An extraordinary gazette was issued last month noting the elections for the Elpitiya PS would take place on 11 October 2019 by Somarathna Vidhanapathirana, the Returning Officer of the Galle District, following the Supreme Court decision delivered on 30 August ordering the Election Commission (EC) to hold the elections immediately.


The Supreme Court delivered the order with regard to a petition filed by the Secretary of the Democratic United National Front (DUNF) against rejecting its nominations for the Elpitiya PS at the recent local government elections.

According to the EC, five leading political parties are currently contesting in the Elpitiya PS election to be held, which will see the election of 28 members under the hybrid election system from 17 wards and 52 grama sevaka (GS) divisions, according to the 2018 voter list in which 53,384 are eligible to vote.

The last PS elections for Elpitiya were held in 2011 in which the UPFA secured 10 seats with 58.54% of votes, while the UNP got four seats with 30.59%. An independent group won one seat on the council.

Being a traditional stronghold of an alliance led by the Sri Lanka Freedom Party (SLFP), many predict that the votes are likely to transfer to the Sri Lana Podujana Peramuna (SLPP), which experienced a landslide victory in 2018 when they contested for the first time at the local government elections.

On the other hand, the UNPers believe there is a better chance for the UNP to win this time, with the party’s rejuvenation after Sajith Premadasa entered the presidential battlefield.


More voter resolutions

Duneetha Vithana, a 57-year-old housewife, said she is fed up with politics. “There is no one we can vote for,” she said.

She elaborated that the people in Elpitiya were now not concerned about party politics.

“People now don’t care from which party the candidates come. All they are concerned with is whether they have the capability of serving the people who live in Elpitiya,” she stressed.

“When a street lamp is burnt, it is not replaced. We have to wait for months or till an election is close to get it replaced. We are tired of these politicians,” she added.

“The crematorium in Elpitiya has collapsed and therefore, the people have to go to a nearby town for a crematorium if necessary,” she stressed.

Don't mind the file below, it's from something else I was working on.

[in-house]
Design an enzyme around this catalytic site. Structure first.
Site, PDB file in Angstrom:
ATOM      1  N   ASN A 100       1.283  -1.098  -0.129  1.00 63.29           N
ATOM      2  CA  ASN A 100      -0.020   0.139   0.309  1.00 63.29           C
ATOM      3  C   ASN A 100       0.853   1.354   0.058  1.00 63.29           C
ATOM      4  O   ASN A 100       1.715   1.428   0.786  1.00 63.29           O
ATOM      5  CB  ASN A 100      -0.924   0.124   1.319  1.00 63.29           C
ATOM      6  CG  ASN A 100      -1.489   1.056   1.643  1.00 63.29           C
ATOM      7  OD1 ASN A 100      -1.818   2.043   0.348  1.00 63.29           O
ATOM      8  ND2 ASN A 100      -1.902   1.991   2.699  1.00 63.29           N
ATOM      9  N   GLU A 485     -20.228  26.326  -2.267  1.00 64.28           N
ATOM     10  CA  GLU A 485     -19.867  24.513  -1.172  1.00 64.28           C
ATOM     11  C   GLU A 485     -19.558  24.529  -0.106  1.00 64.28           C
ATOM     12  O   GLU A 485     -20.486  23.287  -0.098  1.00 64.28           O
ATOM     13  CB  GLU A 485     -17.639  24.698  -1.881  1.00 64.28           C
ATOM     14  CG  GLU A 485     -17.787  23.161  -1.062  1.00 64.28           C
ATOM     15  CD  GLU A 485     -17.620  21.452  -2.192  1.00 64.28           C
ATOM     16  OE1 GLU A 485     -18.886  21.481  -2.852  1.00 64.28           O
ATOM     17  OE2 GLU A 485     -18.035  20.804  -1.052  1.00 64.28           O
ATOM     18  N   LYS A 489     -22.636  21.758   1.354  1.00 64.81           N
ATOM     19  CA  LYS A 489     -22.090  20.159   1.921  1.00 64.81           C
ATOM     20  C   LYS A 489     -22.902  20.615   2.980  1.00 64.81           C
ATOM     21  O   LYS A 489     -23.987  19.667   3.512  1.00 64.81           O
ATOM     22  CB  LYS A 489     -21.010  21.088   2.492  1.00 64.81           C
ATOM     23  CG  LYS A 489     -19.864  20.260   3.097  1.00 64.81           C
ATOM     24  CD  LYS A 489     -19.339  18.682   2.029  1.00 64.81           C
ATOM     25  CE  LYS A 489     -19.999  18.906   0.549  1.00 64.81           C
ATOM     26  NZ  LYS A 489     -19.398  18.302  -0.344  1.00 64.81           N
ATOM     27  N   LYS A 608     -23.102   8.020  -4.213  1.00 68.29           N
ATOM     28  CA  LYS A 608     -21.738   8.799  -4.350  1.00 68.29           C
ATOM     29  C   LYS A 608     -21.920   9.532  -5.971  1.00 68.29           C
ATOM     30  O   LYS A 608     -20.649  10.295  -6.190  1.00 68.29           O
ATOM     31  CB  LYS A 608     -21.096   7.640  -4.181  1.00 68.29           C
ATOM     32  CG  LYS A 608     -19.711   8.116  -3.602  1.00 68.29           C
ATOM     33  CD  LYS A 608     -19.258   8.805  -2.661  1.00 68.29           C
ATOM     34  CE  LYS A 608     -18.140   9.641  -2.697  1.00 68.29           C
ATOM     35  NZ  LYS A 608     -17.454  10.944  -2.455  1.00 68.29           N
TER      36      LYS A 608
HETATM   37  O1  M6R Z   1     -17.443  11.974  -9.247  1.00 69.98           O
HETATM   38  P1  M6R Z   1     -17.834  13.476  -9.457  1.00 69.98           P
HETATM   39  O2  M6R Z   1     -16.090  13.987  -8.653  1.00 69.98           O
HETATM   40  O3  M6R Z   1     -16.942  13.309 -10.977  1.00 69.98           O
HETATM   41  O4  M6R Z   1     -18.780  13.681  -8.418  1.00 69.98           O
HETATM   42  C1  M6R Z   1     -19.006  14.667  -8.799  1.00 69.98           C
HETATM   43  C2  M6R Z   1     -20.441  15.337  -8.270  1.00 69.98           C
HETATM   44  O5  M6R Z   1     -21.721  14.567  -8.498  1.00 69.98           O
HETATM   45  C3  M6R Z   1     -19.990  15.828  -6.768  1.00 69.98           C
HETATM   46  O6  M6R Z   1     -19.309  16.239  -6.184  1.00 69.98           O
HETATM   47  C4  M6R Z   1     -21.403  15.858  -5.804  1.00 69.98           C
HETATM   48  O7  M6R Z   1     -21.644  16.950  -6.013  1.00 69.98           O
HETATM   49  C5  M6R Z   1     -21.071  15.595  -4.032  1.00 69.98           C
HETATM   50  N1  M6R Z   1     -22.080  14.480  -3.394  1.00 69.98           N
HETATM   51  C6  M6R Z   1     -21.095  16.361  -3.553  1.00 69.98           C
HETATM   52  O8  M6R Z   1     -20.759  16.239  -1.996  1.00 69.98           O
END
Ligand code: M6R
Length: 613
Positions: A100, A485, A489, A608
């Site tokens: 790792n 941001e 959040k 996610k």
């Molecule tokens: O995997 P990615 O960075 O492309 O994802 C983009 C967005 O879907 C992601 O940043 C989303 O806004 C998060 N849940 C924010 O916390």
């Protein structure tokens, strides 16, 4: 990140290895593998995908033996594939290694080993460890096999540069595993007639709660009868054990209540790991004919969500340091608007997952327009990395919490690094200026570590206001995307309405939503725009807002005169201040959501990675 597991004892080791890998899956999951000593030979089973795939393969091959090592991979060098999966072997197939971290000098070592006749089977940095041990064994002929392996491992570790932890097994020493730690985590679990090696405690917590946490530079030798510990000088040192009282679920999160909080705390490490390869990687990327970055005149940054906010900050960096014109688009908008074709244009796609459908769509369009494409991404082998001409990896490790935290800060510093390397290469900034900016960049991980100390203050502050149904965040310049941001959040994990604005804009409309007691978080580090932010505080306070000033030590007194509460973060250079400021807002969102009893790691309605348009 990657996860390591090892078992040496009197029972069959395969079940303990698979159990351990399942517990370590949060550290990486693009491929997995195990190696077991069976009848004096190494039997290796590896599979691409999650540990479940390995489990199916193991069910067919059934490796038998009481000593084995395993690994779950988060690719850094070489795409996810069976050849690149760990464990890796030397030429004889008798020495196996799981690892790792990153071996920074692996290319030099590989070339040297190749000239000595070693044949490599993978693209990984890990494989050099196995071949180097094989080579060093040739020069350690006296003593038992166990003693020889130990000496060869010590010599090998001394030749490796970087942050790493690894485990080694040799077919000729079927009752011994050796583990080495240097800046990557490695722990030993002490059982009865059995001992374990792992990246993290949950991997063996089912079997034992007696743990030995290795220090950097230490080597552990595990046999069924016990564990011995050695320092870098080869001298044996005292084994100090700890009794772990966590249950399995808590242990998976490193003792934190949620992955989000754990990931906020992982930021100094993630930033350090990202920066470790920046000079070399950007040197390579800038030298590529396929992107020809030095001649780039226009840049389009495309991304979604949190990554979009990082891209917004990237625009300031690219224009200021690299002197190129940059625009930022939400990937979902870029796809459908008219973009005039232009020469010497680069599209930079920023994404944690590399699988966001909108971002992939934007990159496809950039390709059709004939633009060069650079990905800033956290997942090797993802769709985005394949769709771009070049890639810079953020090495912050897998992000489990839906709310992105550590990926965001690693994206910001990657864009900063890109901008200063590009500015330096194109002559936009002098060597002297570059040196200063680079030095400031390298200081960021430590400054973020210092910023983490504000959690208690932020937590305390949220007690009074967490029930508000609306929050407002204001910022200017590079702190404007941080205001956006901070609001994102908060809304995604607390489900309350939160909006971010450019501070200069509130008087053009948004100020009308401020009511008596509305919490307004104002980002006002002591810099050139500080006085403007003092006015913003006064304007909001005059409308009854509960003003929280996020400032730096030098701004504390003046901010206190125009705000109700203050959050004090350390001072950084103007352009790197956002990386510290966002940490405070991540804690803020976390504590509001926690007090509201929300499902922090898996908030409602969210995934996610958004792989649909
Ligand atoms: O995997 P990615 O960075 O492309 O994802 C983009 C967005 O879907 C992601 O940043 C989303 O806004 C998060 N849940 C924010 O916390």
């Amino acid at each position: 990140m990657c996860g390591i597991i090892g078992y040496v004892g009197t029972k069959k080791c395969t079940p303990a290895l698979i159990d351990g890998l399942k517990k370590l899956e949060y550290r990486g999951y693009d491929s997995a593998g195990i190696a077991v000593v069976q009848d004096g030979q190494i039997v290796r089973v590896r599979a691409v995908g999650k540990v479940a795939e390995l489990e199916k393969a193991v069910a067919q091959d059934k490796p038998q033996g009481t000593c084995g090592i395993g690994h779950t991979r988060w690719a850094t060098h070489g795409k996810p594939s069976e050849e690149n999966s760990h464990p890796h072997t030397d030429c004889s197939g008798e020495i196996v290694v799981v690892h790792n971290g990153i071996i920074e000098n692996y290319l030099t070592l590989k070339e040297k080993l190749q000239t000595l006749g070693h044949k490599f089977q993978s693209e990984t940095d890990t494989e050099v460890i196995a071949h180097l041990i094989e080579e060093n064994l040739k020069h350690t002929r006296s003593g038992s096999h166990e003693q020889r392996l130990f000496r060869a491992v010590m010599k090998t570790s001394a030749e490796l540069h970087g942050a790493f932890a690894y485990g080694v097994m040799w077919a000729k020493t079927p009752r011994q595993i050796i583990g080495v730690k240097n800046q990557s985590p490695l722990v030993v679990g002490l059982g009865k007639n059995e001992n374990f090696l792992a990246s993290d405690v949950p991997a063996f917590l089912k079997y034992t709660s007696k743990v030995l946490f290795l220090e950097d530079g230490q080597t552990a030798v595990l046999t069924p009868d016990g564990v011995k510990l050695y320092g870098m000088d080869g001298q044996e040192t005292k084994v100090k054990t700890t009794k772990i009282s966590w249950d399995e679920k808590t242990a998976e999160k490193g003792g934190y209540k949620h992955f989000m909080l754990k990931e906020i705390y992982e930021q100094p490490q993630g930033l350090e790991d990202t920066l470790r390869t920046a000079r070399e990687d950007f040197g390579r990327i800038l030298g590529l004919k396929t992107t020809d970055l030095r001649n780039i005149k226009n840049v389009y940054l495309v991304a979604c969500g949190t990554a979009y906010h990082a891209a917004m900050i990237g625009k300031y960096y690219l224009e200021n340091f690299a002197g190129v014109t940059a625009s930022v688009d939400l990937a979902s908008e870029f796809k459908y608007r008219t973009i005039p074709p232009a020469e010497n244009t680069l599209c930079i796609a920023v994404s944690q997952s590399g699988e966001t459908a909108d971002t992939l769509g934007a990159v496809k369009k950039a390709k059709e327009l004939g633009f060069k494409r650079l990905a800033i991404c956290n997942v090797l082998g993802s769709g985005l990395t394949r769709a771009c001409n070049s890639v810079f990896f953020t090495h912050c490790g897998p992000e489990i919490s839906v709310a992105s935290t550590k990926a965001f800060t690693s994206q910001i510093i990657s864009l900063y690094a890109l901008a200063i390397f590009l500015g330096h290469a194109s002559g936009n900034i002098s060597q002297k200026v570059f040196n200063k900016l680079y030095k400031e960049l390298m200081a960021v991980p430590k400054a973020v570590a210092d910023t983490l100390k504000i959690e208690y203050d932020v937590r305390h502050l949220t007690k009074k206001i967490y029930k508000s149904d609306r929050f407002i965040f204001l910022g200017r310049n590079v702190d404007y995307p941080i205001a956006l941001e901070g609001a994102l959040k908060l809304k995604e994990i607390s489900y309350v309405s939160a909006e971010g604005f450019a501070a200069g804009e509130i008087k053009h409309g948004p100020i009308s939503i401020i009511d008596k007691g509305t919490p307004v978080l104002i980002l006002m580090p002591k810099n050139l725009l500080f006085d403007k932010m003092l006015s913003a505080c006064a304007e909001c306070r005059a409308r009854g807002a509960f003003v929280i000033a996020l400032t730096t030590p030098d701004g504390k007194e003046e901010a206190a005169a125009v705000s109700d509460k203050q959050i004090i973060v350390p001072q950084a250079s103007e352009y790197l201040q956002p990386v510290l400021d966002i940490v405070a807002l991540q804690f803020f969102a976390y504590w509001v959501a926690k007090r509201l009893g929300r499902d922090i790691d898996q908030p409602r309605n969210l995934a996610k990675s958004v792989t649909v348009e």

She added: “Everyone says that the politicians spend millions in Elpitiya before the elections, but the truth is we really haven’t seen them much, even though the elections are in another week.”


As of Thursday (3), the situation in Elpitiya seems to be very calm and peaceful; the people are busy going about their usual day-to-day activities and appear unfazed by the upcoming election. Election cut-outs and posters are rarely seen and the few candidates running were seen making last-minute efforts to secure votes.

“This election is for our PS and therefore, the people will vote for those who worked for the village,” UNP candidate Ruwan Karunaratne told The Sunday Morning.

Karunaratne, who is also a former PS member, said the Elpitiya PS was operated by government officers who tried their best to manage the necessities, but said it was difficult without political leaders.

“Since 2002, it was the SLFP that ruled Elpitiya, but the people are not happy with their management of the city and its citizens’ needs,” he stressed.

Meanwhile, when contacted by The Sunday Morning, Galle District Deputy Commissioner of Elections K.U. Chandralal said all the preparations have been made to hold the Elpitiya PS election.

“As of Friday (4), there were no complaints with regard to any grave election violations reported to the District Secretariat,” he said, adding that the security for the PS election was doubled, considering the entire nation’s attention was directed towards it.

“This is an isolated election and the Commission wants to ensure maximum security by not allowing any incidents to take place. Therefore, we have increased the number of police officers appointed to a single polling station,” Chandralal explained.

“We have doubled the number of police officers,” he said.

The election monitors should obtain a license from the EC to monitor elections at polling stations, he added.

“A total of 640 election officers have been appointed for election duties in all 47 election centres and all 47 centres will also be used as counting stations,” Chandralal said.

However, as stated by the Deputy Commissioner, by 9 p.m. on 11 October, the whole election process is expected to be completed, including the issuing of results.


photos Eshan dassanayaka